University of Maryland Extension

Watering Trees and Shrubs

man using a hose
Photo:Pixabay

Key Points

When to Water

  • Learn the specific water requirements of your plants and water accordingly.  Watering depends on the type of plant, soil texture, if it is an established or a newly installed plant, and weather conditions. 

  • Evergreens (tree or shrub having needles or leaves that remain green on the plant through the winter and into the next growing season) should be deeply watered in the fall before the ground freezes. Evergreens continue to lose water during the winter, especially when the temperature is above 40°F. and on sunny, windy days. If the soil is dry, the plants may become desiccated, turn brown, and die.

  • Newly installed plants require regular watering, especially when the weather is warm and dry.

  • Observe how quickly your soil dries out after a rain or watering. Clay soil drains slowly, porous sandy soil quickly. Adding organic matter to the soil will improve drainage in clay soil and increase water retention in sandy soil.

  • Check your soil 4-6 inches deep with a trowel or a screwdriver and water when soil is dry at that depth.

  • Water in the morning. Watering during the heat of the day increases the amount of water last to evaporation by as much as 40%. Late day, over-head watering increases the chances of some plants being infected by diseases.

Watering Priorities

  • Extended periods of drought can negatively affect most plants. Water trees, then shrubs, then herbaceous (plants with soft stems) plants. Large, mature shade trees and shrubs can be left alone unless the drought is severe or the trees begin to wilt or the root systems have been recently disturbed.

  • Water newly installed plants immediately after planting. For the next 2 weeks check the soil moisture daily and water deeply as needed. Direct the water to the roots and not the leaves of the plant. 

  • Water newly planted trees and shrubs until the roots become established. Typically, this is a 2 year period. 

  • During the hottest, driest part of the summer water new plants at least once a week or as needed.

How to Water Plants

  • Water deeply so the water penetrates the top 4-6 inches of soil.

  • Deep and infrequent watering encourages a deep root system and makes plants more tolerant of future droughts. Frequent, light watering encourages shallow root growth and thirstier plants.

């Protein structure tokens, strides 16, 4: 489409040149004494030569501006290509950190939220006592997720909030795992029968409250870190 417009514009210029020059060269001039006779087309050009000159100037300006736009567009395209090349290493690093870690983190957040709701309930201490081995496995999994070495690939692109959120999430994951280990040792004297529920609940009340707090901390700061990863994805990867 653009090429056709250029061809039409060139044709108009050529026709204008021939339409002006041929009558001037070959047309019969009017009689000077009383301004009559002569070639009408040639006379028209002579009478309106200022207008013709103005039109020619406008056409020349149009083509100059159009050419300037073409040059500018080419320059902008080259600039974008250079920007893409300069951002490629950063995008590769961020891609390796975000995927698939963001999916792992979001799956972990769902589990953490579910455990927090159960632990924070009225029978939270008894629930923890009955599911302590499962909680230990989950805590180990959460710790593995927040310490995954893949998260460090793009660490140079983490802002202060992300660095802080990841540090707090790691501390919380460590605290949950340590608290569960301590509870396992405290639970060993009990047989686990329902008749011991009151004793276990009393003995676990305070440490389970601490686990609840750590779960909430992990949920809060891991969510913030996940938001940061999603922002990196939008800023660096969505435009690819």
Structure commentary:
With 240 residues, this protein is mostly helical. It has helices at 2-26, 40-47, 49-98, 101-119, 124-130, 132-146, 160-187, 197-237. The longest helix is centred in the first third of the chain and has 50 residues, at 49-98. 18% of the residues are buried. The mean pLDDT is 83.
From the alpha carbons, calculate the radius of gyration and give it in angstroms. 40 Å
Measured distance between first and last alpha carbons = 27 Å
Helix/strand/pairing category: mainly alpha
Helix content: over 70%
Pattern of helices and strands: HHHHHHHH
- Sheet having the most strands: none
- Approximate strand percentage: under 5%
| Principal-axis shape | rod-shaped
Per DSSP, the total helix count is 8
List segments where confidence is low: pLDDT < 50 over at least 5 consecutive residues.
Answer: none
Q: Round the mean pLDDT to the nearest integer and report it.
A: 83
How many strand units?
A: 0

• Apply enough water to thoroughly wet the root zone. The larger the plant the larger the root zone. The root zones of trees and shrubs extend out from the trunk a distance at least equal to the height of the plant. 

  • Apply water overhead with sprinklers or hoses, or apply water directly to the soil (the most efficient way to water) with soaker hoses, running a hose at a slow trickle around the roots, or drip irrigation.

  • Overhead sprinklers apply water rapidly to a patterned area. However, overhead watering can increase disease problems especially if water sits on the leaves for a prolonged period of time. For example, overhead watering promotes black spot on roses. 

  • Sprinklers can be portable and moved around the landscape as needed or they can be permanently installed systems. Uniformity of watering depends on the type of sprinklers used, water pressure, and wind conditions. Closely monitor watering patterns to make sure targeted plants receive adequate water and to check the water is not running-off especially near hard surfaces. 

  • Trickle or drip irrigation is one of the most effective and water-efficient methods of watering. The system discharges small quantities of water on a regular basis directly to the root zone under a tree or shrub. Very little water is lost to the air through evaporation. 
  • After watering, check the moisture level 4-6 inches deep by probing the soil in several locations using a hand trowel, screwdriver, or spade. 

  • Mulch plantings (no deeper than 3 inches) to reduce the need for watering during dry spells. Mulches keep soils cool and reduce water loss through evaporation.

  • Treegator® bags placed at the base of newly planted trees and shrubs provide a slow method of delivering water to root balls. They are often used by commercial landscapers but are available to retail customers.

How Much Water

  • To wet the soil at least 6-inches deep requires 1- to 2-inches of surface water (65-130 gallons water per 100 square feet). The amount of water depends on soil type, weather, and types of plants growing. 

  • Check the amount of water a sprinkler is providing to a group of plants by placing a tin can in the range of the sprinkler. When 1-inch of water accumulates in the can, 1-inch of water has been distributed in the soil. This is enough to penetrate 6- inches of soil.

Back to top

Maintained by the IET Department of the College of Agriculture and Natural Resources. © 2020. Web Accessibility